Skip to main content

Enabling CXF goodies in Spring Boot

In this post we are going to add some of the CXF features to our existing app that we developed in previous post. These features are :
  1. ID Logging
  2. Jackson Provider for POJO to JSON conversion
  3. Swagger 2 documentation
Step 1: Configuration class
Create a RestServer class in config package as shown below


import com.fasterxml.jackson.jaxrs.json.JacksonJsonProvider;
import org.apache.cxf.feature.LoggingFeature;
import org.apache.cxf.jaxrs.swagger.Swagger2Feature;
import org.springframework.context.annotation.Bean;
import org.springframework.context.annotation.Configuration;

 * Created by Anand_Rajneesh on 3/23/2017.
public class RestServer {

    public JacksonJsonProvider jsonProvider(){
        return new JacksonJsonProvider();

    public LoggingFeature loggingFeature(){
        return new LoggingFeature();

    public Swagger2Feature swagger(){
        Swagger2Feature swagger = new Swagger2Feature();
        swagger.setTitle("Demo Spring Boot CXF Application");
        return swagger;

We have 3 @Bean methods, which are returning instances of each feature.
Step 2: POM dependencies


Step 3: Adding Swagger annotations
Add swagger annotations to Ping service that was created in previous past like below.


import io.swagger.annotations.Api;
import io.swagger.annotations.ApiOperation;
import io.swagger.annotations.ApiResponse;
import org.springframework.stereotype.Service;


 * Created by Anand_Rajneesh on 3/24/2017.
@Api(value = "ping")
public class Ping {

    @ApiOperation(value="Health Check")
    @ApiResponse(code=200, message ="")
    public Response health(){
        return Response.ok().build();

Now go ahead and deploy the server, and go at http://localhost:8080/services/services. You would get a link to swagger ui there.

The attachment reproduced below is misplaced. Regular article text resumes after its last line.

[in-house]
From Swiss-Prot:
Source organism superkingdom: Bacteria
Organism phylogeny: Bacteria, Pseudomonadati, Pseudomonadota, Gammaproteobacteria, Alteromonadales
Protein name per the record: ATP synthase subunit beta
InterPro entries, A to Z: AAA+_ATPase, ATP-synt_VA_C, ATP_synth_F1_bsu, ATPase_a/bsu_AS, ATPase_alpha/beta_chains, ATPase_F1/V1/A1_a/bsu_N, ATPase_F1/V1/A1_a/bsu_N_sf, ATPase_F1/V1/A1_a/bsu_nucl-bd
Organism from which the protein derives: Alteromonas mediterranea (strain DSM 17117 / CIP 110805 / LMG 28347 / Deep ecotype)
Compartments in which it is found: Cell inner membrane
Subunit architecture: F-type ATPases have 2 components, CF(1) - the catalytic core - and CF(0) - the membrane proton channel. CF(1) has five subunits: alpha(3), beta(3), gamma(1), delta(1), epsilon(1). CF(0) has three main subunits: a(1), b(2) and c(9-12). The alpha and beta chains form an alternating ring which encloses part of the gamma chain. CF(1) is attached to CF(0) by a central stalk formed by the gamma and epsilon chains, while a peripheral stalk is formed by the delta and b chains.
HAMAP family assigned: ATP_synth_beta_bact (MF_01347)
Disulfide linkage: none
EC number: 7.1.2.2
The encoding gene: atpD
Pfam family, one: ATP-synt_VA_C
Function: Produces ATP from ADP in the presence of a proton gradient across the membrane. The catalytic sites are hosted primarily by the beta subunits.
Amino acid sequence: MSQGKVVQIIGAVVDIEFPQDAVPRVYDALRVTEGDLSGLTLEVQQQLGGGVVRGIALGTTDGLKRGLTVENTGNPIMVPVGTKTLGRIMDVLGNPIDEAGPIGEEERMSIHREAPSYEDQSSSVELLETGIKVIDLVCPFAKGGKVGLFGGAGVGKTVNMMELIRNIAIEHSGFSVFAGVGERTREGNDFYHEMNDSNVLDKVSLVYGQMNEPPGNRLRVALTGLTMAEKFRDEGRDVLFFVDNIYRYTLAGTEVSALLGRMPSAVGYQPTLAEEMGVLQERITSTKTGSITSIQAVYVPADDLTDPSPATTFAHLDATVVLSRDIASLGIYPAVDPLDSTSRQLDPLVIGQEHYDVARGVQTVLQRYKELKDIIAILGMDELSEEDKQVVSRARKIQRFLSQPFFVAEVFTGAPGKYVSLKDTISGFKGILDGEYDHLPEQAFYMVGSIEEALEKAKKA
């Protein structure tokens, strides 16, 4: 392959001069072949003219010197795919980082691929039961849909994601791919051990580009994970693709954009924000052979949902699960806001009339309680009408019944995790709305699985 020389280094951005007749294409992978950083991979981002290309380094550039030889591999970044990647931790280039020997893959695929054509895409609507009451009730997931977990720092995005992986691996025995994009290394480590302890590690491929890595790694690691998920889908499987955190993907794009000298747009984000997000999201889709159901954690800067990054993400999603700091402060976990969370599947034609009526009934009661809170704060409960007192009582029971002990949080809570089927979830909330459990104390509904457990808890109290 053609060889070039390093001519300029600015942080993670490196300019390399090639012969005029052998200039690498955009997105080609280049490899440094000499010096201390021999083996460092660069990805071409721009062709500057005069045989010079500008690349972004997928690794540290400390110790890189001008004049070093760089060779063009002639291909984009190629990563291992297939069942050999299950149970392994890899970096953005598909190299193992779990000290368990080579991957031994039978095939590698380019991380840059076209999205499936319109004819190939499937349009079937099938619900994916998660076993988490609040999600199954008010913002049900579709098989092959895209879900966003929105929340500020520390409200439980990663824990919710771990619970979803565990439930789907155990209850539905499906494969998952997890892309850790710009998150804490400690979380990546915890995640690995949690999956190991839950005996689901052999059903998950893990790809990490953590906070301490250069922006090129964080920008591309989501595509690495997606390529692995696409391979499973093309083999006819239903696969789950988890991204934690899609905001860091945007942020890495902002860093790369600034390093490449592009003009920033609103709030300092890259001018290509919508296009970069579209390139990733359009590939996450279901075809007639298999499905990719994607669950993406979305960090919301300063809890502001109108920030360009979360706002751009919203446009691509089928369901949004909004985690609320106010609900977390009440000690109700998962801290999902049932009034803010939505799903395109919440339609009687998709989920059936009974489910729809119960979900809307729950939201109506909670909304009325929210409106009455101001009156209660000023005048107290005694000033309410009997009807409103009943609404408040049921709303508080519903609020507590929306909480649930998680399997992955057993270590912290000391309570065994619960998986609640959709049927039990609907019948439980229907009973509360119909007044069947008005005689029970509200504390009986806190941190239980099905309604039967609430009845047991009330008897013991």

Post a Comment

Popular posts from this blog

Guide : Spring Boot with Apache CXF for REST services

In this series of guide, we are going to explore writing REST services with Apache CXF using Spring Boot. The project is build using maven. I assume that you already know how to use maven. Step 1 : Adding dependencies for Spring Boot By default you have to inherit the parent pom of spring boot, but that cannot be followed everytime, so I use an alternative to that. I basically add spring boot pom as dependency so that it brings all the dependencies. <properties> <>UTF-8</> <project.reporting.outputEncoding>UTF-8</project.reporting.outputEncoding> <java.version>1.8</java.version> <spring.version>1.4.3.RELEASE</spring.version> <cxf.version>3.1.10</cxf.version> </properties> <dependencies> <dependency> <!-- Alternative to inheriting from parent spring pom --> <groupId>org.springframework.boot&l

Power of declarative syntax of Lambda

Since Java has introduced lambda, writing code has become a breeze especially when it comes to expressing what you want to computer to do rather than how to do it. The following is a question from Project Euler and is solved using lambdas in Java8. Let d( n ) be defined as the sum of proper divisors of n (numbers less than n which divide evenly into n ). If d( a ) = b and d( b ) = a , where a ≠ b , then a and b are an amicable pair and each of a and b are called amicable numbers. For example, the proper divisors of 220 are 1, 2, 4, 5, 10, 11, 20, 22, 44, 55 and 110; therefore d(220) = 284. The proper divisors of 284 are 1, 2, 4, 71 and 142; so d(284) = 220. Evaluate the sum of all the amicable numbers under 10000.  A simple brute force solution is to check every number from 2 to 10000 and if its  an amicable number then add it to sum. Listing it in steps you are basically doing 3 things: Take numbers from 2 to 10000 If number is amicable Add it In Java 7 one will